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I have following XAML

 <StackPanel MouseEnter="StackPanel_MouseEnter" Height="130" Background="Blue">
    <Grid MouseEnter="Grid_MouseEnter" Height="60" Background="Red" >
       <Button MouseEnter="Button_MouseEnter" Height="20"/>
    </Grid>
 </StackPanel>

In code behind I am doing this

private void StackPanel_MouseEnter(object sender, MouseEventArgs e)
{

}

private void Grid_MouseEnter(object sender, MouseEventArgs e)
{
    e.Handled = true;
}

private void Button_MouseEnter(object sender, MouseEventArgs e)
{   
    e.Handled = true;
}

Now even if I move mouse over Button and set e.Handled = true, the events of Grid and StackPanel are called respectively. Why? What should I do to stop routed event from bubbling up?

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1 Answer 1

up vote 7 down vote accepted

The MouseEnter event is not a bubbling event, it is a direct event (like classic CLR events). From the documentation:

You can define multiple MouseEnter events for objects in XAML content. However, if a child object and its parent object both define a MouseEnter event, the parent object's MouseEnter event occurs before the child object's MouseEnter event. This is not a case of a bubbling event; it indicates only that the mouse (or stylus) has entered both objects, potentially at different times depending on the layout and the composition of the visual tree.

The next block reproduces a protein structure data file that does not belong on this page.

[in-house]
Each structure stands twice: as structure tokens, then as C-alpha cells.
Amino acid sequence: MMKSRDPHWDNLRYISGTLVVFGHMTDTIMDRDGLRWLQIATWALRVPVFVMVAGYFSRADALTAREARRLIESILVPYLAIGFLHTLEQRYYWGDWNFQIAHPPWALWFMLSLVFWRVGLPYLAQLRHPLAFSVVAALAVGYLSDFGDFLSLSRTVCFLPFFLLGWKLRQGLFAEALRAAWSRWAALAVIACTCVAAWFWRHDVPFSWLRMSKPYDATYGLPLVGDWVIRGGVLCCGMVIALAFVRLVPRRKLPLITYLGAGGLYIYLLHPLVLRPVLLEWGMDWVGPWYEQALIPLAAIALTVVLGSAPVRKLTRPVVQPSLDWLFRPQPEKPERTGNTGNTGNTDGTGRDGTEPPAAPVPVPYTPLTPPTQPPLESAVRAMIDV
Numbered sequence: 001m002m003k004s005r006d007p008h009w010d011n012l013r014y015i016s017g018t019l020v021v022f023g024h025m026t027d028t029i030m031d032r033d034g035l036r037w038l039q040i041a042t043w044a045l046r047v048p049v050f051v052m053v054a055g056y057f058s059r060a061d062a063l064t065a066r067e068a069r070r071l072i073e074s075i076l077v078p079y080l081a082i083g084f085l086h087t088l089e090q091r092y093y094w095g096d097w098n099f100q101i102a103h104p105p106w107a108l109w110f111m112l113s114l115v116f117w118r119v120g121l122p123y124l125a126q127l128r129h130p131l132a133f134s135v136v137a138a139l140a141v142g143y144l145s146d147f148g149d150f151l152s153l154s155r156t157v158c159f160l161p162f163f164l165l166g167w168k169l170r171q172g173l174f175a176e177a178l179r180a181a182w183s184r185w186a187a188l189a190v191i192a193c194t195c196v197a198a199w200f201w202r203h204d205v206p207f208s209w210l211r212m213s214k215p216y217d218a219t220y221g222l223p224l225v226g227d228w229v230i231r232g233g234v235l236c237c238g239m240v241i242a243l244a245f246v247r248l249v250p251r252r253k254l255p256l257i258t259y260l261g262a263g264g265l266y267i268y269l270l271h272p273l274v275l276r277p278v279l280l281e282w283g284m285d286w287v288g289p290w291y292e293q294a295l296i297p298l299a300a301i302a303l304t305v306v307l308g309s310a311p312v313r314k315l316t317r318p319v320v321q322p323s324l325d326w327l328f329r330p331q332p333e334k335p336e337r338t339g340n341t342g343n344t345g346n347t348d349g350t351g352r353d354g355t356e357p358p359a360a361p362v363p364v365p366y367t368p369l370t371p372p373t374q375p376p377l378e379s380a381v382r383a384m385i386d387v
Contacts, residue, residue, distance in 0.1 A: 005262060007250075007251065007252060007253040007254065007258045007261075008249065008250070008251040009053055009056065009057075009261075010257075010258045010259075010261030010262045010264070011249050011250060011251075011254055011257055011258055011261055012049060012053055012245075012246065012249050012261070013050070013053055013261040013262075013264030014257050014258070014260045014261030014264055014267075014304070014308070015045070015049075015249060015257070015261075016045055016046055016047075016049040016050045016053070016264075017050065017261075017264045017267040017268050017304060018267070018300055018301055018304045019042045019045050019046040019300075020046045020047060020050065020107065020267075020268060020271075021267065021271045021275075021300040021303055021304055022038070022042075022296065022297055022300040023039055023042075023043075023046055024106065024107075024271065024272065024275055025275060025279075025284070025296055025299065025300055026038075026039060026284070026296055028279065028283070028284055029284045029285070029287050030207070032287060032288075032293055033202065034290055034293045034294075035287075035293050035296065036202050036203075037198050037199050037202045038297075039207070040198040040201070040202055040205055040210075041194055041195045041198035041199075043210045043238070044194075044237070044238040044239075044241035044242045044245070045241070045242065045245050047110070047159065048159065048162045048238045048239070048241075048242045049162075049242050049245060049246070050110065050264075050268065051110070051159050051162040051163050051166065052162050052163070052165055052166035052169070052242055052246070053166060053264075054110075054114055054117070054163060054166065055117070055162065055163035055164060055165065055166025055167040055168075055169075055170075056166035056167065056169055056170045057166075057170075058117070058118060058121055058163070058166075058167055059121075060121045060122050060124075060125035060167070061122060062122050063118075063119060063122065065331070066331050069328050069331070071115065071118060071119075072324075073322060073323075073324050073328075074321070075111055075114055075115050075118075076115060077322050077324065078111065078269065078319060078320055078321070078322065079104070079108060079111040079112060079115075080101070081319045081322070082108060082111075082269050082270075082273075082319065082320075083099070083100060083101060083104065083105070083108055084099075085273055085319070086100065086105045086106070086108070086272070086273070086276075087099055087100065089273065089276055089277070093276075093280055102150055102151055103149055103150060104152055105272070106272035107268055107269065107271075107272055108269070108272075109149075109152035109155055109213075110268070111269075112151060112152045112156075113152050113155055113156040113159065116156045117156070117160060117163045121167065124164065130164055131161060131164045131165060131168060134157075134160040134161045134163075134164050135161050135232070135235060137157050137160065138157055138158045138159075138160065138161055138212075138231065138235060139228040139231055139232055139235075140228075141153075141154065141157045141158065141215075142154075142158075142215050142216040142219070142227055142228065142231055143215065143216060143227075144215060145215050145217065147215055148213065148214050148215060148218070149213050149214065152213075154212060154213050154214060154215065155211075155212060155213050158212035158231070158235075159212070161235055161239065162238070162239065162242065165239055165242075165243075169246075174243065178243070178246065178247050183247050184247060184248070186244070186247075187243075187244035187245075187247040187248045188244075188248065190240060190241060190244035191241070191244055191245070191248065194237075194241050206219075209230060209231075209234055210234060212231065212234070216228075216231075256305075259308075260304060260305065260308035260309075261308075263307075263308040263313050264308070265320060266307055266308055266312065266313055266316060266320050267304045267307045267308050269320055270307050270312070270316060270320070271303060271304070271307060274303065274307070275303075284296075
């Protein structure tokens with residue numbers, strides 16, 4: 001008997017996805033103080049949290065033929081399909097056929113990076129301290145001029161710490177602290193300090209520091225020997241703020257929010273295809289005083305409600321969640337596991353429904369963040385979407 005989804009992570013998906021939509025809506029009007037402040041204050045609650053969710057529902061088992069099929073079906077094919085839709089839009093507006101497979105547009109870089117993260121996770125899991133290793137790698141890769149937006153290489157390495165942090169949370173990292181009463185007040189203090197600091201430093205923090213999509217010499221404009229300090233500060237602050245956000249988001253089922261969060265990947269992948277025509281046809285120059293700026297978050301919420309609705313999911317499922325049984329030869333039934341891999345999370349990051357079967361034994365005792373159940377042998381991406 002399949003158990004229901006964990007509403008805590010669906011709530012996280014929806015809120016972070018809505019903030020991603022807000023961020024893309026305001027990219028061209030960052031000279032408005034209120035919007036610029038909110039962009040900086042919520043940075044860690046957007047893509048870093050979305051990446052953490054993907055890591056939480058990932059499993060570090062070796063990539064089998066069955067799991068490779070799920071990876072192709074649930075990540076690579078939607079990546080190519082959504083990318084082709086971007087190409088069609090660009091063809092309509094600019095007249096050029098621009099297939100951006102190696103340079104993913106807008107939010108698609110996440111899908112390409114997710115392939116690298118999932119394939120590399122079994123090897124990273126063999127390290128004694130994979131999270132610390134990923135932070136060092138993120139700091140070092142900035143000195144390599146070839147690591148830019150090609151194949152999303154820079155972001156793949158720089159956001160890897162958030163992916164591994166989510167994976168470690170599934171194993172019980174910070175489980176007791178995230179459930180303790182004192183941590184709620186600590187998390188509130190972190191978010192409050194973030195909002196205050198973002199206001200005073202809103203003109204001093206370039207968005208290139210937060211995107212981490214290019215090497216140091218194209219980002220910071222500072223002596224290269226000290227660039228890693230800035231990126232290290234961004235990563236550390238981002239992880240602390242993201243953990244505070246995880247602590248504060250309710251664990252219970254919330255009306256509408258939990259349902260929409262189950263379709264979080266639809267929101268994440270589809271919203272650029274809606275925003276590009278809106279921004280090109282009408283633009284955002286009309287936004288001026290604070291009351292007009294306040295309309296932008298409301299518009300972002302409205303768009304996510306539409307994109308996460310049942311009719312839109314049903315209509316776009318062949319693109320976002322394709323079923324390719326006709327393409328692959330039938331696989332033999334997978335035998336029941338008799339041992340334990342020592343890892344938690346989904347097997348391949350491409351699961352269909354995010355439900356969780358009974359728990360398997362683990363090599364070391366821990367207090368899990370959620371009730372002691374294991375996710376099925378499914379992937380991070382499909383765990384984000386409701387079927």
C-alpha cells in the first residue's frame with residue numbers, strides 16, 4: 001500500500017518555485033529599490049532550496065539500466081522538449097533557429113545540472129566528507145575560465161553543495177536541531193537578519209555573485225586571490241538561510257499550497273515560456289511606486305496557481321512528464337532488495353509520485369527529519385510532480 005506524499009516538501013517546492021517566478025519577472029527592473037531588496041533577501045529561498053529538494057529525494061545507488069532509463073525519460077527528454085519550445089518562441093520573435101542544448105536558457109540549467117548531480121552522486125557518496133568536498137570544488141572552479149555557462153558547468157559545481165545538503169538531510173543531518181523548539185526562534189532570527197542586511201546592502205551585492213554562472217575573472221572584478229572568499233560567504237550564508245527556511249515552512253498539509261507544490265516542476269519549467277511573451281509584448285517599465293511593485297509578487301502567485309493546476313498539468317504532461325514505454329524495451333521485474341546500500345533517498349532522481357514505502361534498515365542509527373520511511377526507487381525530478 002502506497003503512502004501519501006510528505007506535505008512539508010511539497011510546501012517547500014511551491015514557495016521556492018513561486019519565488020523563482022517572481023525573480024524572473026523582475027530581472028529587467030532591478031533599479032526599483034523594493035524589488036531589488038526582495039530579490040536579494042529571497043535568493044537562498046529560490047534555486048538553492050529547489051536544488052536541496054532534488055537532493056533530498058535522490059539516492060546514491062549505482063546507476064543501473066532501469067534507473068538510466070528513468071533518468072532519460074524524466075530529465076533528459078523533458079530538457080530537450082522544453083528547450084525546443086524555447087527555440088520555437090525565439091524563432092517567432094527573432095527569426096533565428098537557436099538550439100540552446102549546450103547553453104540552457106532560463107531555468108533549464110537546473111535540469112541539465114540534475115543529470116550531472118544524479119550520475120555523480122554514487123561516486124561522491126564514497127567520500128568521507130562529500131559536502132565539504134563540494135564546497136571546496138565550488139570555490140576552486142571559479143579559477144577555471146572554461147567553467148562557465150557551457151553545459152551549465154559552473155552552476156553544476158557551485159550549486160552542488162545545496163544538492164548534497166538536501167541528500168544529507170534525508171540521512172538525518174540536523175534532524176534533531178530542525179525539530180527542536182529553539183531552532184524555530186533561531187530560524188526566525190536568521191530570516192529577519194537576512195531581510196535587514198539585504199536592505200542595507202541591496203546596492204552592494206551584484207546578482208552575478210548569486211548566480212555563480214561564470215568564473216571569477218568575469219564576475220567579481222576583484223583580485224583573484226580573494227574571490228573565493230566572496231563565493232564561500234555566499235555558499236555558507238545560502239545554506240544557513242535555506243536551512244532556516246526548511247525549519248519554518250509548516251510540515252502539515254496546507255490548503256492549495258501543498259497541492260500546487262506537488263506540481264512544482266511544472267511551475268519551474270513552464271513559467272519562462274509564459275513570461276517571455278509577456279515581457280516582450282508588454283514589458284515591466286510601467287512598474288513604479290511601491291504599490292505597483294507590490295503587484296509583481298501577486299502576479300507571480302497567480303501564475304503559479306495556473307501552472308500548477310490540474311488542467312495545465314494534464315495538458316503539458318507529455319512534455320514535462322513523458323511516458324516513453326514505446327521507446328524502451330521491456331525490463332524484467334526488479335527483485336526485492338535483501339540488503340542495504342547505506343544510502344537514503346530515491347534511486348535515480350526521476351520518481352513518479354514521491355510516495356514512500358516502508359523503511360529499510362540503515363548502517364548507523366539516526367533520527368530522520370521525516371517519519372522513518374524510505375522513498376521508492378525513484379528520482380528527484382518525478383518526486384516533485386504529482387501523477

So you can't prevent it from being fired on the parents. You can use the IsMouseDirectlyOver property to see if the mouse is in fact only over the given element though.

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Regarding the proposal in your username, I second the motion! –  Qwertie Jun 9 '11 at 17:49

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